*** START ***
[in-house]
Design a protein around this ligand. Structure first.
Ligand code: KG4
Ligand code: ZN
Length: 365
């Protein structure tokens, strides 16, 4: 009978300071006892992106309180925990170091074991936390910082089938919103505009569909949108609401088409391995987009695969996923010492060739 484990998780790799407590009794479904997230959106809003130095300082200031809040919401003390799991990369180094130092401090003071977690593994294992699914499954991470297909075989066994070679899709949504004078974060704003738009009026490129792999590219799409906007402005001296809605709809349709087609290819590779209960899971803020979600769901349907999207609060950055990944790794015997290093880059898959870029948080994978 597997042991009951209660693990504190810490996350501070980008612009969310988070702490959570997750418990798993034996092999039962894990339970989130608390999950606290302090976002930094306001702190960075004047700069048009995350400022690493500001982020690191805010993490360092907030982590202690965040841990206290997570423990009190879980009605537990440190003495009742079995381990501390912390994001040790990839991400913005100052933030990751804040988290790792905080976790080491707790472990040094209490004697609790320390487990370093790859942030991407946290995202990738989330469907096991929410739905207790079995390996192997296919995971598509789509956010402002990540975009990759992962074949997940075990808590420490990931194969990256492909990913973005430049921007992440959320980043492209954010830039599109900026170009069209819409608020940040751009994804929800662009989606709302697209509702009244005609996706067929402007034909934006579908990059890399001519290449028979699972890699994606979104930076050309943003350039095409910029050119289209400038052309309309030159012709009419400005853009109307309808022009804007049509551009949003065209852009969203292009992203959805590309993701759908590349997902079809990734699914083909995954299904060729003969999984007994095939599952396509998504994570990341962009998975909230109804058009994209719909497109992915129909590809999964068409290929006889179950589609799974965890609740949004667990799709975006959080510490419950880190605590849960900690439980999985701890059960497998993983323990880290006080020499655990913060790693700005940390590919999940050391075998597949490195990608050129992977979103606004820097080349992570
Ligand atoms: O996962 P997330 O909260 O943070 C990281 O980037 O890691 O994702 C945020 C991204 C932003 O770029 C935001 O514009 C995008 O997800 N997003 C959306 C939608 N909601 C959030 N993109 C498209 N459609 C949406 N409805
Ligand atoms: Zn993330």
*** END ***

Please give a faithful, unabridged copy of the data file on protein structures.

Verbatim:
[in-house]
Design a protein around this ligand. Structure first.
Ligand code: KG4
Ligand code: ZN
Length: 365
């Protein structure tokens, strides 16, 4: 009978300071006892992106309180925990170091074991936390910082089938919103505009569909949108609401088409391995987009695969996923010492060739 484990998780790799407590009794479904997230959106809003130095300082200031809040919401003390799991990369180094130092401090003071977690593994294992699914499954991470297909075989066994070679899709949504004078974060704003738009009026490129792999590219799409906007402005001296809605709809349709087609290819590779209960899971803020979600769901349907999207609060950055990944790794015997290093880059898959870029948080994978 597997042991009951209660693990504190810490996350501070980008612009969310988070702490959570997750418990798993034996092999039962894990339970989130608390999950606290302090976002930094306001702190960075004047700069048009995350400022690493500001982020690191805010993490360092907030982590202690965040841990206290997570423990009190879980009605537990440190003495009742079995381990501390912390994001040790990839991400913005100052933030990751804040988290790792905080976790080491707790472990040094209490004697609790320390487990370093790859942030991407946290995202990738989330469907096991929410739905207790079995390996192997296919995971598509789509956010402002990540975009990759992962074949997940075990808590420490990931194969990256492909990913973005430049921007992440959320980043492209954010830039599109900026170009069209819409608020940040751009994804929800662009989606709302697209509702009244005609996706067929402007034909934006579908990059890399001519290449028979699972890699994606979104930076050309943003350039095409910029050119289209400038052309309309030159012709009419400005853009109307309808022009804007049509551009949003065209852009969203292009992203959805590309993701759908590349997902079809990734699914083909995954299904060729003969999984007994095939599952396509998504994570990341962009998975909230109804058009994209719909497109992915129909590809999964068409290929006889179950589609799974965890609740949004667990799709975006959080510490419950880190605590849960900690439980999985701890059960497998993983323990880290006080020499655990913060790693700005940390590919999940050391075998597949490195990608050129992977979103606004820097080349992570
Ligand atoms: O996962 P997330 O909260 O943070 C990281 O980037 O890691 O994702 C945020 C991204 C932003 O770029 C935001 O514009 C995008 O997800 N997003 C959306 C939608 N909601 C959030 N993109 C498209 N459609 C949406 N409805
Ligand atoms: Zn993330």